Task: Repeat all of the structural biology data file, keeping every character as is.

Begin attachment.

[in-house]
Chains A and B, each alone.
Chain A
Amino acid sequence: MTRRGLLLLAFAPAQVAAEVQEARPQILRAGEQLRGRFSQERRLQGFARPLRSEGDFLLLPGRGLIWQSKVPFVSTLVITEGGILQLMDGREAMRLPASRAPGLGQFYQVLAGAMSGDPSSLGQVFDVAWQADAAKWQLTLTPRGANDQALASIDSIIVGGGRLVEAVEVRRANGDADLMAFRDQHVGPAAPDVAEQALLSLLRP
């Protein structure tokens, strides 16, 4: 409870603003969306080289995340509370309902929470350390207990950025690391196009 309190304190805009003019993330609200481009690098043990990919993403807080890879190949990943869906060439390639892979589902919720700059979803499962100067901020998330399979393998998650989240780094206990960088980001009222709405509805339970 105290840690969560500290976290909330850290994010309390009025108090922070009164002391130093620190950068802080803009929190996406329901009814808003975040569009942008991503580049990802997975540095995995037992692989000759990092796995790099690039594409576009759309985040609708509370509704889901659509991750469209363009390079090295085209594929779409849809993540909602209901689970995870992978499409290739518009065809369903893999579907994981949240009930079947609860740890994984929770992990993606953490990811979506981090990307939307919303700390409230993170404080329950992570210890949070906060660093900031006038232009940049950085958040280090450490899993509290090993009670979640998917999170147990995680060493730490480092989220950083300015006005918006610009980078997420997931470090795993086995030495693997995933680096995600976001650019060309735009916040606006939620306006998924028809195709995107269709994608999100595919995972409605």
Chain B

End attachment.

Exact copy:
[in-house]
Chains A and B, each alone.
Chain A
Amino acid sequence: MTRRGLLLLAFAPAQVAAEVQEARPQILRAGEQLRGRFSQERRLQGFARPLRSEGDFLLLPGRGLIWQSKVPFVSTLVITEGGILQLMDGREAMRLPASRAPGLGQFYQVLAGAMSGDPSSLGQVFDVAWQADAAKWQLTLTPRGANDQALASIDSIIVGGGRLVEAVEVRRANGDADLMAFRDQHVGPAAPDVAEQALLSLLRP
């Protein structure tokens, strides 16, 4: 409870603003969306080289995340509370309902929470350390207990950025690391196009 309190304190805009003019993330609200481009690098043990990919993403807080890879190949990943869906060439390639892979589902919720700059979803499962100067901020998330399979393998998650989240780094206990960088980001009222709405509805339970 105290840690969560500290976290909330850290994010309390009025108090922070009164002391130093620190950068802080803009929190996406329901009814808003975040569009942008991503580049990802997975540095995995037992692989000759990092796995790099690039594409576009759309985040609708509370509704889901659509991750469209363009390079090295085209594929779409849809993540909602209901689970995870992978499409290739518009065809369903893999579907994981949240009930079947609860740890994984929770992990993606953490990811979506981090990307939307919303700390409230993170404080329950992570210890949070906060660093900031006038232009940049950085958040280090450490899993509290090993009670979640998917999170147990995680060493730490480092989220950083300015006005918006610009980078997420997931470090795993086995030495693997995933680096995600976001650019060309735009916040606006939620306006998924028809195709995107269709994608999100595919995972409605």
Chain B